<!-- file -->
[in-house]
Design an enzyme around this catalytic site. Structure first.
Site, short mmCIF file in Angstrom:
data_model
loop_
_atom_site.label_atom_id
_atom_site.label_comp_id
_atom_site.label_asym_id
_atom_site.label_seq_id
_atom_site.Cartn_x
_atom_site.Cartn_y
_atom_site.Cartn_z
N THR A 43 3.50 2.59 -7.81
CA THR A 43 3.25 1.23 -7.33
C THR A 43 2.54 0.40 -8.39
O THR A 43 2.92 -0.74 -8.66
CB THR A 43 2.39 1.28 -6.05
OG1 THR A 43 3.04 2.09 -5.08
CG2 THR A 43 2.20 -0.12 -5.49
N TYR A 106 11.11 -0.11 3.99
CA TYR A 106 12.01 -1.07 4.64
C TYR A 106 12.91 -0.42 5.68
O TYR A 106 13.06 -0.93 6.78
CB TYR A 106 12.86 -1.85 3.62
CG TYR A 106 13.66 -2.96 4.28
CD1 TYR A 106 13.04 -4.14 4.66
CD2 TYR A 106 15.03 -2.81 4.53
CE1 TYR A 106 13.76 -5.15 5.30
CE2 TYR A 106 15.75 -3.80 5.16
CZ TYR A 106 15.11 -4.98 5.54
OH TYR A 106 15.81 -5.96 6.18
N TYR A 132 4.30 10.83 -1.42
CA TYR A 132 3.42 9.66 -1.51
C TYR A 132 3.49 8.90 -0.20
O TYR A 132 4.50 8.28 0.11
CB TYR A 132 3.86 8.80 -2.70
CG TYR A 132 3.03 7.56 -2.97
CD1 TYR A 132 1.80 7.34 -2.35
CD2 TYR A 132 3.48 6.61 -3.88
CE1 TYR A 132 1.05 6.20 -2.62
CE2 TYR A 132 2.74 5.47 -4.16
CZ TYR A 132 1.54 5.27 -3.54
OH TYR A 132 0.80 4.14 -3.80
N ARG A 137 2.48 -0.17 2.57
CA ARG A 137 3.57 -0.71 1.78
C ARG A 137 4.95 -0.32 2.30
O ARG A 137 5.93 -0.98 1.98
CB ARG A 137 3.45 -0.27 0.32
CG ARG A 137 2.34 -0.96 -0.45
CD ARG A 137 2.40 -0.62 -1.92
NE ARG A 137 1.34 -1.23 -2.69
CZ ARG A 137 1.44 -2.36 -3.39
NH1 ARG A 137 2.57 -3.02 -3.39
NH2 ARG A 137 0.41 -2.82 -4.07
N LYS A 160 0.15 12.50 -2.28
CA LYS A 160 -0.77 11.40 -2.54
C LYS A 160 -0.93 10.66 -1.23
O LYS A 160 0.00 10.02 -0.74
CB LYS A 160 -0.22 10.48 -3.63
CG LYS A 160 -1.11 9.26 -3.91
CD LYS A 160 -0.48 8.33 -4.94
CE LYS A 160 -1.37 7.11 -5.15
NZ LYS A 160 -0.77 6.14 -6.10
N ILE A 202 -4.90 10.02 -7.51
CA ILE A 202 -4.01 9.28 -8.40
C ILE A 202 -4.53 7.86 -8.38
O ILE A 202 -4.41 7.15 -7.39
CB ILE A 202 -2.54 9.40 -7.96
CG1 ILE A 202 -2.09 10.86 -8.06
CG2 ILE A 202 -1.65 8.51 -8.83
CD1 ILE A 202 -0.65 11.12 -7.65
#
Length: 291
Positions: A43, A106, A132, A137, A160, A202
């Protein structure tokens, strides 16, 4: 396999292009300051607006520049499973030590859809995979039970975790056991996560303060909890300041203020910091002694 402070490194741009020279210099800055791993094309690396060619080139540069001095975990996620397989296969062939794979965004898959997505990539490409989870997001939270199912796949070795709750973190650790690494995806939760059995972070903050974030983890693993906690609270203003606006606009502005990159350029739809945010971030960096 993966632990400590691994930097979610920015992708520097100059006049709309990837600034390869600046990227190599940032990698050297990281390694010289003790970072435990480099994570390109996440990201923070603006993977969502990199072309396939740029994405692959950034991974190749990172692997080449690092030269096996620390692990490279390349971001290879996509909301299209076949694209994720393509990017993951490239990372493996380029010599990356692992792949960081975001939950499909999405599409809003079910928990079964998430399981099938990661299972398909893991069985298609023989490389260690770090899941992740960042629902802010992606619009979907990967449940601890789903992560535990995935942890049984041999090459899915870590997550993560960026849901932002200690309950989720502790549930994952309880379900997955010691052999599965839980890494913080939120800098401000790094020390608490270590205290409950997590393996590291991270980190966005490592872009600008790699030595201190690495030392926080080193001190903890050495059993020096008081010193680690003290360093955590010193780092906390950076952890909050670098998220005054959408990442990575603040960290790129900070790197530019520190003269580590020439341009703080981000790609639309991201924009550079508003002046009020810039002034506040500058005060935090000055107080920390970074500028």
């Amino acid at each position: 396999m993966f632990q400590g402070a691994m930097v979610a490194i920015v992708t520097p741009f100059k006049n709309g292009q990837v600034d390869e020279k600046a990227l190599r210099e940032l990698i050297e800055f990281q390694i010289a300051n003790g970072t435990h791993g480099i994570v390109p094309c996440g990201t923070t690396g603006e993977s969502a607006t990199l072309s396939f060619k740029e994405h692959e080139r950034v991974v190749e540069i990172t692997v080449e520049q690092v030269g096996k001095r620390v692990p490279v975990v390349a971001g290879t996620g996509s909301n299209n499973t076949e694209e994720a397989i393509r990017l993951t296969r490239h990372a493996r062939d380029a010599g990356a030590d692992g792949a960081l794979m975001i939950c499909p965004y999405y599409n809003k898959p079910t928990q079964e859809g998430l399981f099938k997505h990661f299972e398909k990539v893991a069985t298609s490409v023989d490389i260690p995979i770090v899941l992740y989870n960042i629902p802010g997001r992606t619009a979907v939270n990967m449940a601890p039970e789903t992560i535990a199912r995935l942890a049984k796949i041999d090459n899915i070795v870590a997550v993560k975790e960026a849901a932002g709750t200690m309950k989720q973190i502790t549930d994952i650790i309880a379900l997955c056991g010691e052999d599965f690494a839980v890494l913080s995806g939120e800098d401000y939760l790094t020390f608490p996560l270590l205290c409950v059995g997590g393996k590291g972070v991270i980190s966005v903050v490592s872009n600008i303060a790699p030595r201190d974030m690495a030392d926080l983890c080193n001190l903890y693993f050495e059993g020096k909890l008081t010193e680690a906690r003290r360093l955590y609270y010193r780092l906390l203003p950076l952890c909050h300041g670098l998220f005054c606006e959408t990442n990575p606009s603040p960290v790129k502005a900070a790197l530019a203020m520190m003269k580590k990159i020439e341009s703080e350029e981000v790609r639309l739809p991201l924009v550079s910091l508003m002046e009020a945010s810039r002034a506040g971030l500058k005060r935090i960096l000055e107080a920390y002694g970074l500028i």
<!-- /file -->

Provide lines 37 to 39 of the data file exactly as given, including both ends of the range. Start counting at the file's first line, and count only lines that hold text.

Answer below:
CG TYR A 132 3.03 7.56 -2.97
CD1 TYR A 132 1.80 7.34 -2.35
CD2 TYR A 132 3.48 6.61 -3.88